Kids With Nut Allergies Feel Teased, Excluded

August 16, 2011

By Amanda MacMillan

TUESDAY, August 16, 2011 ( — Amanda Santos wanted to send her 5-year-old daughter, Skylar, to a small private school. But after they interviewed, met the teachers, and submitted Skylar’s medical records, they never heard back from the school, despite repeated inquiries.

Santos, who lives in Fairhaven, Mass., can’t say for sure why communication was cut off so abruptly, but she’s convinced that Skylar’s severe nut allergy was an issue.

“They knew going in that she had an allergy; they said it was no problem,” says Santos. “But until we sat down and had a meeting about the precautions they’d have to take—kids washing their hands, asking parents not to send nuts to school, that kind of thing—they didn’t realize how severe it was. I just think they didn’t want her there, didn’t want to deal with all of that.”

Santos is not alone. According to a new study conducted in the UK, families with children who are living with this potentially life-threatening condition often feel isolated, stigmatized, or unfairly excluded from activities, due to the allergies.

In many ways, nut allergies feel more like a disability than a chronic illness because of the stigma, the researchers say.

“Families reported some really very difficult and unpleasant experiences when they were trying to keep their child safe from risk,” says coauthor Mary Dixon-Woods, professor of medical sociology at the University of Leicester.

She was surprised by the study’s results.

“I was expecting to hear about problems with labeling and so on, but the extent of the stigma families reported was very troubling,” she says.

Peanuts are the most common food trigger of life-threatening anaphylactic shock, accounting for more than half of all fatal food-induced allergic reactions. Peanut allergies are on the rise, doubling in children between 1997 and 2002. About 1% of children in the U.S. have peanut allergies.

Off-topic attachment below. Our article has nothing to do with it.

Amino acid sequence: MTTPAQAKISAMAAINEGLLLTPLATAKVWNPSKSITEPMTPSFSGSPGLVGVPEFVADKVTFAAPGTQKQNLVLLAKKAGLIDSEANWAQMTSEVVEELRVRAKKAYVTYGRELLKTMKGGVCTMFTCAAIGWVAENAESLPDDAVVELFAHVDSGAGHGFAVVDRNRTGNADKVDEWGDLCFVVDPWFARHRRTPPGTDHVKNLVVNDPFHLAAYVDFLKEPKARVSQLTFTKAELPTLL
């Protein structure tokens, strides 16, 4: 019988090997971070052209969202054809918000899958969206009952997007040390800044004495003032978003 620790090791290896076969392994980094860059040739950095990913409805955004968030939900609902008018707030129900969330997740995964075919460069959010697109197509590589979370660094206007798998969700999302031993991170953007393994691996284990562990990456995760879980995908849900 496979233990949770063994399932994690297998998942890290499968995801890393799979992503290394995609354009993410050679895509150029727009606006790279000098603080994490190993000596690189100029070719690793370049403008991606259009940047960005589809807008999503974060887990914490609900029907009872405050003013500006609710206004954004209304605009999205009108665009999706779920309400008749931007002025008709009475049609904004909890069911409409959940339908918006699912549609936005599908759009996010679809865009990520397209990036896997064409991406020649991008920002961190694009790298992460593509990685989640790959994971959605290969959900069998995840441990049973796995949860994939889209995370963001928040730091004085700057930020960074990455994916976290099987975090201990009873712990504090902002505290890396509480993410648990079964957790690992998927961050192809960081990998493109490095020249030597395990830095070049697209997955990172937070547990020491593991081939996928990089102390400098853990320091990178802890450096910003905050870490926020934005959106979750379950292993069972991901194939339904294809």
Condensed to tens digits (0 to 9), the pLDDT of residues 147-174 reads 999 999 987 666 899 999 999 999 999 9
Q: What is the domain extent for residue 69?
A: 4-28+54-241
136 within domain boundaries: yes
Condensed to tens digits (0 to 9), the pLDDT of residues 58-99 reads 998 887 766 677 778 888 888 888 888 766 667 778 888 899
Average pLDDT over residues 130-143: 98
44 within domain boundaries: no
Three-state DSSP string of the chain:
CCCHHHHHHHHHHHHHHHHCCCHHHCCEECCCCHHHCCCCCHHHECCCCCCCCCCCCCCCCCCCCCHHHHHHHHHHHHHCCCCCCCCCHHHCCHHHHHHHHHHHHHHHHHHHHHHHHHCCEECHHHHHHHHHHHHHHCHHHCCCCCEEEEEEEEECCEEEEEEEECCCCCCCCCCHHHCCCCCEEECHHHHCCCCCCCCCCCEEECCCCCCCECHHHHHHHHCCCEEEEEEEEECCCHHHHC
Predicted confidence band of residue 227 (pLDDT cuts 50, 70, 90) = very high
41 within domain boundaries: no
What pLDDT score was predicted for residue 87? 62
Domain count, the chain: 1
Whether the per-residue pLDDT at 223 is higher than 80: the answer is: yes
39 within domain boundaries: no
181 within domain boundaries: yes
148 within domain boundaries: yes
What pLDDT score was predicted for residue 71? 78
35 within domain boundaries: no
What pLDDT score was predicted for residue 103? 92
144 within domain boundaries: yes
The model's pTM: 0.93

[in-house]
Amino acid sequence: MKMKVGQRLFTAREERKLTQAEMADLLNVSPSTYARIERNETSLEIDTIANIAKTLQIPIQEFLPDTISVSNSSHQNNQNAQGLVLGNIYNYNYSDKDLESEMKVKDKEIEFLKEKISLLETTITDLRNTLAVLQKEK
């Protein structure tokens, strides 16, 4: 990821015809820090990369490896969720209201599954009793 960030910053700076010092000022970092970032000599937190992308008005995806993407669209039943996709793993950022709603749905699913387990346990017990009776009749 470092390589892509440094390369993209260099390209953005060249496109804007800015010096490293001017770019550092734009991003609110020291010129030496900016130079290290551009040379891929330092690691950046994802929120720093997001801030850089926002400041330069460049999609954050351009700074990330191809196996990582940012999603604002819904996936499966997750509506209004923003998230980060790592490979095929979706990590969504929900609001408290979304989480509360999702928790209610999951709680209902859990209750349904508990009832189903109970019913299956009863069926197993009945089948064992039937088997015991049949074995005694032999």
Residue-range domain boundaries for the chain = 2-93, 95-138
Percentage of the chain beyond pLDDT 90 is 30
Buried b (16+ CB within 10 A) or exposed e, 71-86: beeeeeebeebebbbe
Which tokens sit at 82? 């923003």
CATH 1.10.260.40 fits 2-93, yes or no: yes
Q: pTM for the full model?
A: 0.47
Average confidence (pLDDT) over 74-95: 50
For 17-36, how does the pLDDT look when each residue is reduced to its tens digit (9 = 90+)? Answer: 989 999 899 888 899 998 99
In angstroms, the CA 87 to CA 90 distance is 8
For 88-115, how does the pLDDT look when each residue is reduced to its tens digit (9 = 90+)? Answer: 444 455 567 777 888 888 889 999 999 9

Along with the rise in nut allergies have come more restrictions on schools and other public places, including nut-free classrooms and airplanes, as well as better labeling for products.

In recent years, there has been a bit of backlash against the greater focus on nut allergies. In 2008, Harvard Medical School professor Nicholas A. Christakis published in the journal BMJ an editorial called “This allergies hysteria is just nuts.” While noting that allergies are a real problem, he wrote about the “overabundance of caution” at his children’s school and an incident in which a school bus was evacuated because a peanut was found on the floor.

To determine some of the challenges faced by parents of children with nut allergies, Dixon-Woods and her colleagues interviewed 26 families about their coping strategies and techniques for avoiding dangerous situations.

Next page: Birthday parties were “nightmares”

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